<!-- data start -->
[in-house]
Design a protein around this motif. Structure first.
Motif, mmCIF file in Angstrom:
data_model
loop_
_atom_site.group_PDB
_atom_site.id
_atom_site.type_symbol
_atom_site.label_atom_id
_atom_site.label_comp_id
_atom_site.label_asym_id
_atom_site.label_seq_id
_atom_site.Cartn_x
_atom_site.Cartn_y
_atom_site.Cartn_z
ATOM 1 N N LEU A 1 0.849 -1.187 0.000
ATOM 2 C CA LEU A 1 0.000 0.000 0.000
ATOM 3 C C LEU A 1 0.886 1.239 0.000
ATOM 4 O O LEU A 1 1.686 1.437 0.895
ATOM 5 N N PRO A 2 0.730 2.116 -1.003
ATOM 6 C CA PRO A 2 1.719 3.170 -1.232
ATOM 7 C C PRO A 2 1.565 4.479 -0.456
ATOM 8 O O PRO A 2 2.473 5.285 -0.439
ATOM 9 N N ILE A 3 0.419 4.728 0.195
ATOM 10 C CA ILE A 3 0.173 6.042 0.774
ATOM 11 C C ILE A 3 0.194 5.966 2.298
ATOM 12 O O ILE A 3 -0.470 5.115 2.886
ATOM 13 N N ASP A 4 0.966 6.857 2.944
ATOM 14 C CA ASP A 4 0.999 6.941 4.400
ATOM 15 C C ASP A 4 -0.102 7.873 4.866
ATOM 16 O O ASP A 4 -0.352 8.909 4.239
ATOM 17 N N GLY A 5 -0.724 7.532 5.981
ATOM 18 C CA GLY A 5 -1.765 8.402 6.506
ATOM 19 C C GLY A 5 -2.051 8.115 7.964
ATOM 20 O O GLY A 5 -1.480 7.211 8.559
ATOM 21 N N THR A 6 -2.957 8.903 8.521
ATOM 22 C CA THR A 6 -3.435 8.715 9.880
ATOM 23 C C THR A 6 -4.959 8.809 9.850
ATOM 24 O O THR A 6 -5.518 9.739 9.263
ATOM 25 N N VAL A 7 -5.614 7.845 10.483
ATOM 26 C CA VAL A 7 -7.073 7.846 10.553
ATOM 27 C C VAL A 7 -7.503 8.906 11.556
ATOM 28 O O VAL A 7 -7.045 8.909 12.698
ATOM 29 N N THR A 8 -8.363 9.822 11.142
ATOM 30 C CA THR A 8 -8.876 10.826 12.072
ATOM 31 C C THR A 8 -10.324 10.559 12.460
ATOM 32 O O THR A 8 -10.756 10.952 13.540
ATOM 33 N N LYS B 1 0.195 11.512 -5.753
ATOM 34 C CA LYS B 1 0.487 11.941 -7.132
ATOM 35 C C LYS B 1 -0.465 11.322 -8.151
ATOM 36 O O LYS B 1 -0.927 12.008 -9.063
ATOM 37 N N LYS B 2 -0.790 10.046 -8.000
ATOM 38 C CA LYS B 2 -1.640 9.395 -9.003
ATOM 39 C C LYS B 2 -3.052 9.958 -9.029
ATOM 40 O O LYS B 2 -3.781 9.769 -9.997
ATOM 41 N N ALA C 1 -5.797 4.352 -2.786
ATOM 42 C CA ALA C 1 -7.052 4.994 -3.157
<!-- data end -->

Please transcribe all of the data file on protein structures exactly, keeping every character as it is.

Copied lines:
[in-house]
Design a protein around this motif. Structure first.
Motif, mmCIF file in Angstrom:
data_model
loop_
_atom_site.group_PDB
_atom_site.id
_atom_site.type_symbol
_atom_site.label_atom_id
_atom_site.label_comp_id
_atom_site.label_asym_id
_atom_site.label_seq_id
_atom_site.Cartn_x
_atom_site.Cartn_y
_atom_site.Cartn_z
ATOM 1 N N LEU A 1 0.849 -1.187 0.000
ATOM 2 C CA LEU A 1 0.000 0.000 0.000
ATOM 3 C C LEU A 1 0.886 1.239 0.000
ATOM 4 O O LEU A 1 1.686 1.437 0.895
ATOM 5 N N PRO A 2 0.730 2.116 -1.003
ATOM 6 C CA PRO A 2 1.719 3.170 -1.232
ATOM 7 C C PRO A 2 1.565 4.479 -0.456
ATOM 8 O O PRO A 2 2.473 5.285 -0.439
ATOM 9 N N ILE A 3 0.419 4.728 0.195
ATOM 10 C CA ILE A 3 0.173 6.042 0.774
ATOM 11 C C ILE A 3 0.194 5.966 2.298
ATOM 12 O O ILE A 3 -0.470 5.115 2.886
ATOM 13 N N ASP A 4 0.966 6.857 2.944
ATOM 14 C CA ASP A 4 0.999 6.941 4.400
ATOM 15 C C ASP A 4 -0.102 7.873 4.866
ATOM 16 O O ASP A 4 -0.352 8.909 4.239
ATOM 17 N N GLY A 5 -0.724 7.532 5.981
ATOM 18 C CA GLY A 5 -1.765 8.402 6.506
ATOM 19 C C GLY A 5 -2.051 8.115 7.964
ATOM 20 O O GLY A 5 -1.480 7.211 8.559
ATOM 21 N N THR A 6 -2.957 8.903 8.521
ATOM 22 C CA THR A 6 -3.435 8.715 9.880
ATOM 23 C C THR A 6 -4.959 8.809 9.850
ATOM 24 O O THR A 6 -5.518 9.739 9.263
ATOM 25 N N VAL A 7 -5.614 7.845 10.483
ATOM 26 C CA VAL A 7 -7.073 7.846 10.553
ATOM 27 C C VAL A 7 -7.503 8.906 11.556
ATOM 28 O O VAL A 7 -7.045 8.909 12.698
ATOM 29 N N THR A 8 -8.363 9.822 11.142
ATOM 30 C CA THR A 8 -8.876 10.826 12.072
ATOM 31 C C THR A 8 -10.324 10.559 12.460
ATOM 32 O O THR A 8 -10.756 10.952 13.540
ATOM 33 N N LYS B 1 0.195 11.512 -5.753
ATOM 34 C CA LYS B 1 0.487 11.941 -7.132
ATOM 35 C C LYS B 1 -0.465 11.322 -8.151
ATOM 36 O O LYS B 1 -0.927 12.008 -9.063
ATOM 37 N N LYS B 2 -0.790 10.046 -8.000
ATOM 38 C CA LYS B 2 -1.640 9.395 -9.003
ATOM 39 C C LYS B 2 -3.052 9.958 -9.029
ATOM 40 O O LYS B 2 -3.781 9.769 -9.997
ATOM 41 N N ALA C 1 -5.797 4.352 -2.786
ATOM 42 C CA ALA C 1 -7.052 4.994 -3.157